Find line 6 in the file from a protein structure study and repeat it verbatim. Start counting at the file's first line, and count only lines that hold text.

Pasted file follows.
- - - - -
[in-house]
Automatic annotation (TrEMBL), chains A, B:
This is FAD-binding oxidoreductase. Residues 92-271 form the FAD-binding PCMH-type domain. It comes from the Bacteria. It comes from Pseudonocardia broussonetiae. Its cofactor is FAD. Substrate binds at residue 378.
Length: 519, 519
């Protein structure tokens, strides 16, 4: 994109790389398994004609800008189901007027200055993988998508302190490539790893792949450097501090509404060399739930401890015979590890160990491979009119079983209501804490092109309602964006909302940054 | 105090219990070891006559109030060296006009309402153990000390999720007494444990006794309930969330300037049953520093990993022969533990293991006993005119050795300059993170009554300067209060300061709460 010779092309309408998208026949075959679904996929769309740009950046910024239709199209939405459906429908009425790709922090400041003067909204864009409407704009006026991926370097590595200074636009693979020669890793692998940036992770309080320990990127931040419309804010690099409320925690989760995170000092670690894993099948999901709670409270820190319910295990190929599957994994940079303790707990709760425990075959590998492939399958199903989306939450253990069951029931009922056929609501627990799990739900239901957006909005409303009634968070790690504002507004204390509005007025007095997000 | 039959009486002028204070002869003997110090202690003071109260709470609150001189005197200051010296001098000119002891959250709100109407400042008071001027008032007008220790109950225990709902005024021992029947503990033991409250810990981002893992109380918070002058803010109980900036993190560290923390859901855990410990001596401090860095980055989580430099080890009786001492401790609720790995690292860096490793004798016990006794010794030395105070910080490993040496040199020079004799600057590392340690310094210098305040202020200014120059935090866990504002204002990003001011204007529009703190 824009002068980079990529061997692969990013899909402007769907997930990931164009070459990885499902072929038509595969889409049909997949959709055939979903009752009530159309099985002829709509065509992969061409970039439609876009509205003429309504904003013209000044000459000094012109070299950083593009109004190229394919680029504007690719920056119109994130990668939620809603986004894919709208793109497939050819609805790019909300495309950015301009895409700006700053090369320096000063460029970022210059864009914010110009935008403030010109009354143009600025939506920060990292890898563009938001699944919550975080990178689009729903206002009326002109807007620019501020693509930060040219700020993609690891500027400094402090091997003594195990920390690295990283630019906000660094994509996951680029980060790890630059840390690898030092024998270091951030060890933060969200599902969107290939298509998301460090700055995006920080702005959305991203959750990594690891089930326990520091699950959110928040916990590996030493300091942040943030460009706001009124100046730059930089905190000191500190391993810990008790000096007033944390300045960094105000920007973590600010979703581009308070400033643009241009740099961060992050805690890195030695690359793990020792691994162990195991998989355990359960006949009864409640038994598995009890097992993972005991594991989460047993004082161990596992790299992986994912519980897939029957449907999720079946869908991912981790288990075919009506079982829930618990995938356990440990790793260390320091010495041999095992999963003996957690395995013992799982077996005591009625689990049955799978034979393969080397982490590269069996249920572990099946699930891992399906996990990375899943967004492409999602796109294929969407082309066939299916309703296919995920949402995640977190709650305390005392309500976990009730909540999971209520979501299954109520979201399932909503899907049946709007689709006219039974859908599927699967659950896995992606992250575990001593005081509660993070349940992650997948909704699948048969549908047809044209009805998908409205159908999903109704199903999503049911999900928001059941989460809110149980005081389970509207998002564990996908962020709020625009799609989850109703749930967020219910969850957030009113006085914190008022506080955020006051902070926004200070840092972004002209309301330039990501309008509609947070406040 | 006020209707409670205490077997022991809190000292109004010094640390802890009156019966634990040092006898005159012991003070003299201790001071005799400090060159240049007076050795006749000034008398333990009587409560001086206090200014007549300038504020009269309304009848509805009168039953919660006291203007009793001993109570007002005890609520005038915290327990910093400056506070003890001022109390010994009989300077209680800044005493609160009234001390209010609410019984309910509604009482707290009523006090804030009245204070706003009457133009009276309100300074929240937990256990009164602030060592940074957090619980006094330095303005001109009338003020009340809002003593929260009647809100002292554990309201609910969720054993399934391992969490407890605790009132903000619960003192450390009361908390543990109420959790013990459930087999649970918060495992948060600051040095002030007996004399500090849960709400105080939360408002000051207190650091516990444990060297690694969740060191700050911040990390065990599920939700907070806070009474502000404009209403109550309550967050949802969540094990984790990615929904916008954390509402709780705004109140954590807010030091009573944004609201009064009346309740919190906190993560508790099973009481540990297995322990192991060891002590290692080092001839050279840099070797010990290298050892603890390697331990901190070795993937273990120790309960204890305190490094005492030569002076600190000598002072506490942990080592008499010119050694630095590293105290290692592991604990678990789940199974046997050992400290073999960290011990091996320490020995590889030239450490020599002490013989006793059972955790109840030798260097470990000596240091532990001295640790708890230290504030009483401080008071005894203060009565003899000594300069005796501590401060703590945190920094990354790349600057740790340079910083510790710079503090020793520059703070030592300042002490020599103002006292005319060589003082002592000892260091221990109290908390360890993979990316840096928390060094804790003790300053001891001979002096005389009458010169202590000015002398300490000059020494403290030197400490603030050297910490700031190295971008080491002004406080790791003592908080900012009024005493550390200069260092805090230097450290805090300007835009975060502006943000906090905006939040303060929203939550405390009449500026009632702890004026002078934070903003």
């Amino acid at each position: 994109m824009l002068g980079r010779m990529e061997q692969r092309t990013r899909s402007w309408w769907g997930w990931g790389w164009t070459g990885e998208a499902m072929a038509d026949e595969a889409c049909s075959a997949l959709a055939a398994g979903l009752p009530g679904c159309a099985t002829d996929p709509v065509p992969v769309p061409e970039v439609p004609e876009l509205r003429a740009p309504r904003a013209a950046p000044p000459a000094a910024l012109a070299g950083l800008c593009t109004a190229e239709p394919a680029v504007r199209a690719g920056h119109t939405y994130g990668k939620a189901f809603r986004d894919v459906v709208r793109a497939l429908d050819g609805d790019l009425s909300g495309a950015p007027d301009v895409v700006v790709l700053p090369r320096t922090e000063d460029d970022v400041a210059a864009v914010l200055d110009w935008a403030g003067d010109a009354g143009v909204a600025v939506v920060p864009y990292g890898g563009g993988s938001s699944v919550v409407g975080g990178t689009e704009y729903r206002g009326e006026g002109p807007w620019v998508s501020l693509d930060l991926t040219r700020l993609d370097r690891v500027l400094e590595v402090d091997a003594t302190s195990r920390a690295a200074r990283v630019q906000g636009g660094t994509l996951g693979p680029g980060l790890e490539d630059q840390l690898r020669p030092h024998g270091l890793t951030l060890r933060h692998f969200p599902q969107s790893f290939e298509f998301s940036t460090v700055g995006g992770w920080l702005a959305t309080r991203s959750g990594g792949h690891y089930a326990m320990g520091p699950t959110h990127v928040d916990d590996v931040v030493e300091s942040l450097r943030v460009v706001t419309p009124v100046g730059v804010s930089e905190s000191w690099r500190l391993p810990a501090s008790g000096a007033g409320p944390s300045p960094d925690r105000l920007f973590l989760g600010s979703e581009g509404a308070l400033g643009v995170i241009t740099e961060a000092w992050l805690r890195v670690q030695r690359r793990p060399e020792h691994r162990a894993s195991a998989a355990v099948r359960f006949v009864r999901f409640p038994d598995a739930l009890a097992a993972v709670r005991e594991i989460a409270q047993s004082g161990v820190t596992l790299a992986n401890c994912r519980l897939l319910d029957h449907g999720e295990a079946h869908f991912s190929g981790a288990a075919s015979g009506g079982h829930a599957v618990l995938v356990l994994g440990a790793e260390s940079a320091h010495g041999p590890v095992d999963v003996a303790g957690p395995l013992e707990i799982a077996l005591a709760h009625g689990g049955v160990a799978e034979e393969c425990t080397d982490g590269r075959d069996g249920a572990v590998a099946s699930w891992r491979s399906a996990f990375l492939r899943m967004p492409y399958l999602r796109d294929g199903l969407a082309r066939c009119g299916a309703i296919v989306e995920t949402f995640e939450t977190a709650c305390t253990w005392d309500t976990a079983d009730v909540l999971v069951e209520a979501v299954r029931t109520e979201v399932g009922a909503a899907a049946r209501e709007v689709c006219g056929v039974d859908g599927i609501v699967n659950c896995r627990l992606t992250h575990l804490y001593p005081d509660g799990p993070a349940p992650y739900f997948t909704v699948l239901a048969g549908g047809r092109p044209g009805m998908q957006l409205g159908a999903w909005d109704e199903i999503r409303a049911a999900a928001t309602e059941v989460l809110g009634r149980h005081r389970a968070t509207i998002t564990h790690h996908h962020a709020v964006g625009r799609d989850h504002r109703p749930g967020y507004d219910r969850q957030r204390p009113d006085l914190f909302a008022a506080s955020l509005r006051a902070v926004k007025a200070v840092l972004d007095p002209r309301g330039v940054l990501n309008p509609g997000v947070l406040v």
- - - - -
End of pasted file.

């Amino acid at each position: 994109m824009l002068g980079r010779m990529e061997q692969r092309t990013r899909s402007w309408w769907g997930w990931g790389w164009t070459g990885e998208a499902m072929a038509d026949e595969a889409c049909s075959a997949l959709a055939a398994g979903l009752p009530g679904c159309a099985t002829d996929p709509v065509p992969v769309p061409e970039v439609p004609e876009l509205r003429a740009p309504r904003a013209a950046p000044p000459a000094a910024l012109a070299g950083l800008c593009t109004a190229e239709p394919a680029v504007r199209a690719g920056h119109t939405y994130g990668k939620a189901f809603r986004d894919v459906v709208r793109a497939l429908d050819g609805d790019l009425s909300g495309a950015p007027d301009v895409v700006v790709l700053p090369r320096t922090e000063d460029d970022v400041a210059a864009v914010l200055d110009w935008a403030g003067d010109a009354g143009v909204a600025v939506v920060p864009y990292g890898g563009g993988s938001s699944v919550v409407g975080g990178t689009e704009y729903r206002g009326e006026g002109p807007w620019v998508s501020l693509d930060l991926t040219r700020l993609d370097r690891v500027l400094e590595v402090d091997a003594t302190s195990r920390a690295a200074r990283v630019q906000g636009g660094t994509l996951g693979p680029g980060l790890e490539d630059q840390l690898r020669p030092h024998g270091l890793t951030l060890r933060h692998f969200p599902q969107s790893f290939e298509f998301s940036t460090v700055g995006g992770w920080l702005a959305t309080r991203s959750g990594g792949h690891y089930a326990m320990g520091p699950t959110h990127v928040d916990d590996v931040v030493e300091s942040l450097r943030v460009v706001t419309p009124v100046g730059v804010s930089e905190s000191w690099r500190l391993p810990a501090s008790g000096a007033g409320p944390s300045p960094d925690r105000l920007f973590l989760g600010s979703e581009g509404a308070l400033g643009v995170i241009t740099e961060a000092w992050l805690r890195v670690q030695r690359r793990p060399e020792h691994r162990a894993s195991a998989a355990v099948r359960f006949v009864r999901f409640p038994d598995a739930l009890a097992a993972v709670r005991e594991i989460a409270q047993s004082g161990v820190t596992l790299a992986n401890c994912r519980l897939l319910d029957h449907g999720e295990a079946h869908f991912s190929g981790a288990a075919s015979g009506g079982h829930a599957v618990l995938v356990l994994g440990a790793e260390s940079a320091h010495g041999p590890v095992d999963v003996a303790g957690p395995l013992e707990i799982a077996l005591a709760h009625g689990g049955v160990a799978e034979e393969c425990t080397d982490g590269r075959d069996g249920a572990v590998a099946s699930w891992r491979s399906a996990f990375l492939r899943m967004p492409y399958l999602r796109d294929g199903l969407a082309r066939c009119g299916a309703i296919v989306e995920t949402f995640e939450t977190a709650c305390t253990w005392d309500t976990a079983d009730v909540l999971v069951e209520a979501v299954r029931t109520e979201v399932g009922a909503a899907a049946r209501e709007v689709c006219g056929v039974d859908g599927i609501v699967n659950c896995r627990l992606t992250h575990l804490y001593p005081d509660g799990p993070a349940p992650y739900f997948t909704v699948l239901a048969g549908g047809r092109p044209g009805m998908q957006l409205g159908a999903w909005d109704e199903i999503r409303a049911a999900a928001t309602e059941v989460l809110g009634r149980h005081r389970a968070t509207i998002t564990h790690h996908h962020a709020v964006g625009r799609d989850h504002r109703p749930g967020y507004d219910r969850q957030r204390p009113d006085l914190f909302a008022a506080s955020l509005r006051a902070v926004k007025a200070v840092l972004d007095p002209r309301g330039v940054l990501n309008p509609g997000v947070l406040v």